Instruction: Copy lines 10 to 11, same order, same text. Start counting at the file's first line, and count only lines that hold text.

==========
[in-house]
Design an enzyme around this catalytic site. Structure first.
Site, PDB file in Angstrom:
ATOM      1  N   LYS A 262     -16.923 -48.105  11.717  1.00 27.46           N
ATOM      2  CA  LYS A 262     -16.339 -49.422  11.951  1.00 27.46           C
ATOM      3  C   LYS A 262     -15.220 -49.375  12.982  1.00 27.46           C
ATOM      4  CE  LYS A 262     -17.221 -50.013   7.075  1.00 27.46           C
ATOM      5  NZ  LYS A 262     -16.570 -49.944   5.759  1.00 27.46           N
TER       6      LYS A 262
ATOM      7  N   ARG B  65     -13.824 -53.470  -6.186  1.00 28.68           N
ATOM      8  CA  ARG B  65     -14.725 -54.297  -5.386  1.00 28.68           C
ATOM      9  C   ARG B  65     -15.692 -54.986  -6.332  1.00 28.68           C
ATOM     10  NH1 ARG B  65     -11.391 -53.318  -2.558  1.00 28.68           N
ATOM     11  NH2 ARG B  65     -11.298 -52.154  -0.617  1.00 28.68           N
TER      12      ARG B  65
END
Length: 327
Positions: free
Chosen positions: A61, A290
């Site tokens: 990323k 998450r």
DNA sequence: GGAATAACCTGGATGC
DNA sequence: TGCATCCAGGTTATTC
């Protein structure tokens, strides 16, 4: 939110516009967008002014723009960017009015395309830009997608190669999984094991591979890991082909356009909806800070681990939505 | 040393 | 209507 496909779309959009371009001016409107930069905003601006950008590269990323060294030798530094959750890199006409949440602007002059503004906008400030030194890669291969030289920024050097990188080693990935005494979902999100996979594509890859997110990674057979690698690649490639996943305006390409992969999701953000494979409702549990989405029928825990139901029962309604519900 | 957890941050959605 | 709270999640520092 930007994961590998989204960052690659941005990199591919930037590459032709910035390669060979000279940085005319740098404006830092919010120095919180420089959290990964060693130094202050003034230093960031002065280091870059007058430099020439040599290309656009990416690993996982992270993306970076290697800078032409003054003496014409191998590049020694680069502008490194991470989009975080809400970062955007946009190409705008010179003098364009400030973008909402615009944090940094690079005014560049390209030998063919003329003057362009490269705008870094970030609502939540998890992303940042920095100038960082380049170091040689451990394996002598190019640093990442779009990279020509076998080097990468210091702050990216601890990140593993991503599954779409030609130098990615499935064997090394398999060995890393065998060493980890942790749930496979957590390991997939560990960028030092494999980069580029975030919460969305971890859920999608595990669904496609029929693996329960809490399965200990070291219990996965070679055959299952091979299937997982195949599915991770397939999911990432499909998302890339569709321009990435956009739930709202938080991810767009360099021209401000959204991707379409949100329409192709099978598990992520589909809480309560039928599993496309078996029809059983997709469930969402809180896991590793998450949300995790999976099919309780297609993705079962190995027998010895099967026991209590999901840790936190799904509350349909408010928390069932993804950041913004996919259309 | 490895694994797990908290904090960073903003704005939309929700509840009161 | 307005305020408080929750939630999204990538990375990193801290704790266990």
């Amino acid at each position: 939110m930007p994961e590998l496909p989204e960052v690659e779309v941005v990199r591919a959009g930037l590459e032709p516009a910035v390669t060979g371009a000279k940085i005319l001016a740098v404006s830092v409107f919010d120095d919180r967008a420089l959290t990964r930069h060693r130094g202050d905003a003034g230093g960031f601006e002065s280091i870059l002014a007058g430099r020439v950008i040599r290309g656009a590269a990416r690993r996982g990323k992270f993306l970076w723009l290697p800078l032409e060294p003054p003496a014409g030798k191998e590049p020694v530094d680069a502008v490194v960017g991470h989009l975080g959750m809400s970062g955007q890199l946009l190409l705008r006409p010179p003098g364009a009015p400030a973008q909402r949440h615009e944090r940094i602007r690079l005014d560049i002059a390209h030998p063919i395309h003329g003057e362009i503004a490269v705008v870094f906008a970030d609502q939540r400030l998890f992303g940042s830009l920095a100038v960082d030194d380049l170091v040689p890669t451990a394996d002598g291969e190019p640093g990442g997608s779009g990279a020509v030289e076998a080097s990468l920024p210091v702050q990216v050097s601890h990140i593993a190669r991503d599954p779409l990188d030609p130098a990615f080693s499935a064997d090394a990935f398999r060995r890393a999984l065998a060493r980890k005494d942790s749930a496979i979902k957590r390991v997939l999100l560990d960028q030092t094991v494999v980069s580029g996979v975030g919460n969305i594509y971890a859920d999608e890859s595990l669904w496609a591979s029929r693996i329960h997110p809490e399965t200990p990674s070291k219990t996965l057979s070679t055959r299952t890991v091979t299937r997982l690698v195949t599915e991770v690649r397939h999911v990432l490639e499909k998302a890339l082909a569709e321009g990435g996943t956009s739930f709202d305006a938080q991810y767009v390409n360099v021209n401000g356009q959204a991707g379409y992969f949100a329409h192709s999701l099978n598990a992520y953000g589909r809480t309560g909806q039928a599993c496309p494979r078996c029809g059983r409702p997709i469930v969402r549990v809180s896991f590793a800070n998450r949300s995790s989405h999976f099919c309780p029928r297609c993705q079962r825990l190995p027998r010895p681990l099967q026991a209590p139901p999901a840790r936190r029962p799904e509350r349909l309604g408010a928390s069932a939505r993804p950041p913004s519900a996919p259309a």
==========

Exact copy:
ATOM      7  N   ARG B  65     -13.824 -53.470  -6.186  1.00 28.68           N
ATOM      8  CA  ARG B  65     -14.725 -54.297  -5.386  1.00 28.68           C